Approving a balanced budget each year is a fundamental responsibility for the governor and members of the Pennsylvania General Assembly.
But they have become heedless about meeting the June 30 budget deadline.
State legislators have missed that deadline in all three of Gov. Wolf's annual budget negotiations so far, part of six blown budget deadlines in the last decade.
The state's last budget became law on Nov. 6, more than four months after the deadline.
That creates chaos for the state's municipalities, school districts, universities, and other institutions as they scramble to adjust financial planning.
Members of the General Assembly, though, don't have to adjust their financial planning. They continue to get paid salary and expenses, even if they haven't done their job of delivering a budget on time.
There is bipartisan support for putting an end to that. But, like all reform efforts in Harrisburg, that can only happen if legislative leaders allow it.
Stefano, a Republican from Fayette County, introduced Senate Bill 585 in April 2017. It would prohibit legislators from collecting "per diems," tax-free payments of up to $183 for travel, or submitting receipts for other expenses during a budget impasse.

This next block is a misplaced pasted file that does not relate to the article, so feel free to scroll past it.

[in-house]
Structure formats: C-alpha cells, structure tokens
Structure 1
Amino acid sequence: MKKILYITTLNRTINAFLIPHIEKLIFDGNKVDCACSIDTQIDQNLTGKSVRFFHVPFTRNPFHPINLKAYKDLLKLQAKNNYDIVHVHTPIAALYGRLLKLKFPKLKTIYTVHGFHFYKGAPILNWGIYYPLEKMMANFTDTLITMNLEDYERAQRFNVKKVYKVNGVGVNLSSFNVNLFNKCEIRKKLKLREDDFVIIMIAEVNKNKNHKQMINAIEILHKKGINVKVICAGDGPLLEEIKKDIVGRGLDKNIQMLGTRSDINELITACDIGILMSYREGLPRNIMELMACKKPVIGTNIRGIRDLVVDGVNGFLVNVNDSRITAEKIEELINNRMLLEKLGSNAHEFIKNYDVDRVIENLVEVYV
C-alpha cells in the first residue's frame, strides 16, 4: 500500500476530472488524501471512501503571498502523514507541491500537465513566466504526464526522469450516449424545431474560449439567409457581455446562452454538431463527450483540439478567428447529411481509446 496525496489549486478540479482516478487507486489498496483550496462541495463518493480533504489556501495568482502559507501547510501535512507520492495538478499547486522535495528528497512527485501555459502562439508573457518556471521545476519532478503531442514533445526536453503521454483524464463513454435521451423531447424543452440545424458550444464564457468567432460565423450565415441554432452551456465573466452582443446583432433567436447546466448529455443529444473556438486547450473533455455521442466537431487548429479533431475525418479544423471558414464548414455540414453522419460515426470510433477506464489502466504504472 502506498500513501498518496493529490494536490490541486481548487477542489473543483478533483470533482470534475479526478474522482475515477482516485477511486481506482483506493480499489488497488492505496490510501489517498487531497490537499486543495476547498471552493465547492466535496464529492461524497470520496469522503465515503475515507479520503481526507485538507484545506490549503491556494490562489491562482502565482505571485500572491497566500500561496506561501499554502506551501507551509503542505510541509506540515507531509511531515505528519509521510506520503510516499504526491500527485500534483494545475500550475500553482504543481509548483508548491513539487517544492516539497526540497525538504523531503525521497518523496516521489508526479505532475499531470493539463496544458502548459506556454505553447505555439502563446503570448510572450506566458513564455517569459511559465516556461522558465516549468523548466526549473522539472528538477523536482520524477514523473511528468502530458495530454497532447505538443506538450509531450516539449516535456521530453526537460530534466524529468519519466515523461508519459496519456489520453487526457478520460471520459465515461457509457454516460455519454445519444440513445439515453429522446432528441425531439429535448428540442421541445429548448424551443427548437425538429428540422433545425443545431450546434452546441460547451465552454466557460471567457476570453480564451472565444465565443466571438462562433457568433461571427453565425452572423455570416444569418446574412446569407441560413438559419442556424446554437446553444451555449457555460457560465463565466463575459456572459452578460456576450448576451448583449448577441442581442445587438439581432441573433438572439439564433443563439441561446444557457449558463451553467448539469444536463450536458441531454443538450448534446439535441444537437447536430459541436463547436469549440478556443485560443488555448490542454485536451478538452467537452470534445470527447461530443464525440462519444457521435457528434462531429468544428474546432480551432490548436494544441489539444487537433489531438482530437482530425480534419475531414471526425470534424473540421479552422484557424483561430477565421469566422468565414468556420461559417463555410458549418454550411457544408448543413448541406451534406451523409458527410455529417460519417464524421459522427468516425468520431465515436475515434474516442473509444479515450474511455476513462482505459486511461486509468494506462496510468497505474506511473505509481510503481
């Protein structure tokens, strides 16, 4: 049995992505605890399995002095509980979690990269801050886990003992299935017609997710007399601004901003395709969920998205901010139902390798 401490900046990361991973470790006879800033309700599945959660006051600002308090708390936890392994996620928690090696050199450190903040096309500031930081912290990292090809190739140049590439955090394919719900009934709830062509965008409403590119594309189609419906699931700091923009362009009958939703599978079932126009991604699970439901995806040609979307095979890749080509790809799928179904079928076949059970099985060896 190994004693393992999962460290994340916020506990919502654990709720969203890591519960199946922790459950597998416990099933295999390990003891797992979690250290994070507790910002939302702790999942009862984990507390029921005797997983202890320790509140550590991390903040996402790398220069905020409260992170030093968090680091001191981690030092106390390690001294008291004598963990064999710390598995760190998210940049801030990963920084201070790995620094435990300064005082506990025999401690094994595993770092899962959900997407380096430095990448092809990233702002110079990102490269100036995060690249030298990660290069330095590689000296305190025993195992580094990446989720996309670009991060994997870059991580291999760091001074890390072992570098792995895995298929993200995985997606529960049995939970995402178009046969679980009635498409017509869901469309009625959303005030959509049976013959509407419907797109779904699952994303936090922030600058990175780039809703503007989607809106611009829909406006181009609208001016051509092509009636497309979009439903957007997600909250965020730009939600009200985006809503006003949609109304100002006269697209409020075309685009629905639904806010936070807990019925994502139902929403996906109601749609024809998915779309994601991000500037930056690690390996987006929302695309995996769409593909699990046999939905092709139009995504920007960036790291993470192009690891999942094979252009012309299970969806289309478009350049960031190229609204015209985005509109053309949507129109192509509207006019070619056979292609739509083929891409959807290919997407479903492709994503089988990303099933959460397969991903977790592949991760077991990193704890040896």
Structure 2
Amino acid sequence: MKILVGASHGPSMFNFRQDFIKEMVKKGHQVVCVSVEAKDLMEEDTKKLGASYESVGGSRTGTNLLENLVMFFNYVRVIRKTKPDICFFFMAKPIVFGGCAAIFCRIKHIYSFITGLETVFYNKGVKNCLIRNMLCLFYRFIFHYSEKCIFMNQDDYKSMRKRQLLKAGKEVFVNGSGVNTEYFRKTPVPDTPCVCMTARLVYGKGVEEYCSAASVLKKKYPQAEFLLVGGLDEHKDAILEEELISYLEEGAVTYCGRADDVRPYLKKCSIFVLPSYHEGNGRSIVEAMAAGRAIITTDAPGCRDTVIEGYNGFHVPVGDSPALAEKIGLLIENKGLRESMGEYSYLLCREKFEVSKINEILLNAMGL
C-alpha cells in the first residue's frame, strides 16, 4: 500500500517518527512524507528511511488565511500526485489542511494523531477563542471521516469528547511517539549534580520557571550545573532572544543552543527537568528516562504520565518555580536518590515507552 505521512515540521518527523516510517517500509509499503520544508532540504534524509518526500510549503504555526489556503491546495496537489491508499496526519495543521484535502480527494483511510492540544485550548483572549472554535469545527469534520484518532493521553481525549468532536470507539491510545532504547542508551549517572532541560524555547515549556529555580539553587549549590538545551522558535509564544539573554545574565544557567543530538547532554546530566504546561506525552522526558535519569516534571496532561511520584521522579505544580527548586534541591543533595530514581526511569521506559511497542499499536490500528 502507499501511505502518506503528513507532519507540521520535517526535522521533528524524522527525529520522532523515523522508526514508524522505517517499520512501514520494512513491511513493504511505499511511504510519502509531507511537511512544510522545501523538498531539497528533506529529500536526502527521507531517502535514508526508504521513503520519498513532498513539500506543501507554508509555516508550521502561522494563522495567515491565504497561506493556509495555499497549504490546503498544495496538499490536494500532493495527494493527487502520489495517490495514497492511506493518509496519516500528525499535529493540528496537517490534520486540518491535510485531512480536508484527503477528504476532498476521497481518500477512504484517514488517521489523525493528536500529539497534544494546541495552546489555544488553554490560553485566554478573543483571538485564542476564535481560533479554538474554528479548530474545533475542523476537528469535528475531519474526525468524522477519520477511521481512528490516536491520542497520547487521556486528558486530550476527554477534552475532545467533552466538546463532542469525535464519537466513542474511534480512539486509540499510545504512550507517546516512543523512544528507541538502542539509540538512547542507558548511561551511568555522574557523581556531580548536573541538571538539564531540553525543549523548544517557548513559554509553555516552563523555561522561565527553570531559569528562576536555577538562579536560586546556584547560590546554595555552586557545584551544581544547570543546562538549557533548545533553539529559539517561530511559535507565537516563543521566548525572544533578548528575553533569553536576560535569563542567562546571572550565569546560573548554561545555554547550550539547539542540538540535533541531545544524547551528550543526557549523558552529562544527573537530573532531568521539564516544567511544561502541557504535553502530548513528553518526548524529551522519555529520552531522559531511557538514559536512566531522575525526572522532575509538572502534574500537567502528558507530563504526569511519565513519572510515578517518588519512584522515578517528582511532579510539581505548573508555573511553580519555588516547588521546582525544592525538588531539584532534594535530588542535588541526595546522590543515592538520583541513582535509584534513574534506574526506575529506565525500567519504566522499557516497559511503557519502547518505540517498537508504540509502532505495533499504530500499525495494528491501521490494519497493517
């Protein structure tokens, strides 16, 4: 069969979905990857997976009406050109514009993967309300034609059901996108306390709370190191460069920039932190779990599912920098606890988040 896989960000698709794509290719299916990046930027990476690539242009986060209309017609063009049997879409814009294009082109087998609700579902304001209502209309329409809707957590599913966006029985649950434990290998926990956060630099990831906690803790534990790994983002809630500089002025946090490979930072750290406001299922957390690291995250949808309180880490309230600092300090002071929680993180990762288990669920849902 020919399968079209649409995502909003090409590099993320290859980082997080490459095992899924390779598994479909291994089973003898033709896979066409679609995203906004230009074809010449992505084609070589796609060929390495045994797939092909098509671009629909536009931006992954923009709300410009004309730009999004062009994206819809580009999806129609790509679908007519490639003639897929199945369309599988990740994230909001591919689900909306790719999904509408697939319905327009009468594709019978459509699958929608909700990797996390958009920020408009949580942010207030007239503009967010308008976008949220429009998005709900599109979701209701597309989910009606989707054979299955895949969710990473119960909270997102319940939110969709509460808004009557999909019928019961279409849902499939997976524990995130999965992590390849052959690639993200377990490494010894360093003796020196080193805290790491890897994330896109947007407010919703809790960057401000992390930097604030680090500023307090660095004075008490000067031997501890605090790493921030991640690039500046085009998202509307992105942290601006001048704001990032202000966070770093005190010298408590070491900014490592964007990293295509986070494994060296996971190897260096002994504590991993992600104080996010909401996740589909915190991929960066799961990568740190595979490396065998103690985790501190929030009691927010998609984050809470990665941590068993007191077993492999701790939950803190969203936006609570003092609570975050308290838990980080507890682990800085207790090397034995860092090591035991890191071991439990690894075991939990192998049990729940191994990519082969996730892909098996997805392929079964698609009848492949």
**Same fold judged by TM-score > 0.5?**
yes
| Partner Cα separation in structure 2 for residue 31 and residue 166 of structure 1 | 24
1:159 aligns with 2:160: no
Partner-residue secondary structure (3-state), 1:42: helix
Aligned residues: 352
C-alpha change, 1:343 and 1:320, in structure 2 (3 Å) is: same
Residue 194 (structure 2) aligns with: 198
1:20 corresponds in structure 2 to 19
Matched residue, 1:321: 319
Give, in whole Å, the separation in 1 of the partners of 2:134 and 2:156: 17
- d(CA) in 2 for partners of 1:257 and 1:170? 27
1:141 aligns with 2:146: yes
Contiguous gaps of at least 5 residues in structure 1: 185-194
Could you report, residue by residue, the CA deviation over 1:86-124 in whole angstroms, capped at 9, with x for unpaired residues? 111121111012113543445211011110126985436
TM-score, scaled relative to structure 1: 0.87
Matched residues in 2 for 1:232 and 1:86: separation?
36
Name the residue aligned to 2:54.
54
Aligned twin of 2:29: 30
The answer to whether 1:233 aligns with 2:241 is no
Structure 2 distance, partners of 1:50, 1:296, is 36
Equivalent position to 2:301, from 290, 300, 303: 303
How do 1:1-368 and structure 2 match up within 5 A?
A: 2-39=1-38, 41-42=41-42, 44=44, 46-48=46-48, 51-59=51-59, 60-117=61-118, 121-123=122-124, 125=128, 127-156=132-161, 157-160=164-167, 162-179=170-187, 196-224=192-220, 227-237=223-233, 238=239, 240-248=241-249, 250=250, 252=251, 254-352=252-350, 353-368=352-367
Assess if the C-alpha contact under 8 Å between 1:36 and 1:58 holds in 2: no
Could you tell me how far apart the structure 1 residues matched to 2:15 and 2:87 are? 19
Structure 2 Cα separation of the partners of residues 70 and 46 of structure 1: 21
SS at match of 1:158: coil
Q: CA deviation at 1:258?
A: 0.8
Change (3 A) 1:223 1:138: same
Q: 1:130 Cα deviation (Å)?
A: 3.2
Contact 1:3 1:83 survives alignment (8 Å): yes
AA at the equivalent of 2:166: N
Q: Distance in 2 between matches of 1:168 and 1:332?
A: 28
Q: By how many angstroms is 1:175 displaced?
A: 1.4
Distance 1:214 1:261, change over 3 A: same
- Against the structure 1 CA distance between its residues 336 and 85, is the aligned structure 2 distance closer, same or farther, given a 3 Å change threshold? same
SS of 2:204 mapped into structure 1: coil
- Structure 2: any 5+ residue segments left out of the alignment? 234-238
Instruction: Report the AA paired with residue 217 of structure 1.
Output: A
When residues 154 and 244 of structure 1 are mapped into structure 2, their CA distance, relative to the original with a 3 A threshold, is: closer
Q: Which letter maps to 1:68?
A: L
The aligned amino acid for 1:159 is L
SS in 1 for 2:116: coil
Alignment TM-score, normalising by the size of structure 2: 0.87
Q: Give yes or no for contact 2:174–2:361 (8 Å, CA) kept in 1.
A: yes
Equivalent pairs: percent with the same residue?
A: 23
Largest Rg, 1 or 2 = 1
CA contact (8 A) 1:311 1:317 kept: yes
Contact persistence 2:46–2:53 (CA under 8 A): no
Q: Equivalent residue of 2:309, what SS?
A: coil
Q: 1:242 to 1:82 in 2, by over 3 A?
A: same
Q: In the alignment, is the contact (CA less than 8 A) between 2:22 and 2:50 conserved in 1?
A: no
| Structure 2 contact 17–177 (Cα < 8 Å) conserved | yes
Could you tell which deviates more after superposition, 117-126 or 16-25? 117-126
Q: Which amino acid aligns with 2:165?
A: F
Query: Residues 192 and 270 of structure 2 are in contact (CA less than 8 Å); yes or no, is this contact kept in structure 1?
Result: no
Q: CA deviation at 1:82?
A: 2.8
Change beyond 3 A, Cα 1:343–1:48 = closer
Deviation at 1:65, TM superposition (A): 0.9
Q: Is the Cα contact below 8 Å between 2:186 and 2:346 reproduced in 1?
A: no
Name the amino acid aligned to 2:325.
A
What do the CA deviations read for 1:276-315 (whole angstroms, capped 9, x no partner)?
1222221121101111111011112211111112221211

Nine of Stefano's Republican colleagues signed on as co-sponsors for his bill.
Dinniman, a Democrat from Chester County, introduced S.B. 830 in July 2017. It would eliminate pay, per diems, or other expense reimbursements for legislators, the governor, and his senior staff and cabinet members during a budget impasse.
State Sen. Kim Ward, a Westmoreland County Republican and vice chairwoman of the Appropriations Committee, co-sponsored Dinniman's bill.
Together, these bills have 12 co-sponsors, which means a quarter of the Senate's 50 members want to put an end to blown budget deadlines.
And, as a mark of bipartisanship, Wolf — a Democrat — also put forth a plan last month to ban pay for legislators, the governor, and top administrative staff until a budget impasse ends.
That brings us to State Sen. Pat Browne, a Republican from Allentown who chairs the Appropriations Committee and is a key player in any budget negotiations. Browne has stymied the bills proposed by Stefano and Dinniman sent to the Appropriations Committee last year.
But the stagnation is bipartisan, too. State Sen. Vincent Hughes of Philadelphia, the ranking Democrat on the committee, said through a spokesman last week that the bills proposed by Stefano and Dinniman are "the wrong approach" because they might give a governor "the upper hand in budget negotiations."
Browne never responded to our multiple requests for answers on why he won't give these bills a chance, especially since his own vice chairwoman supports one of them.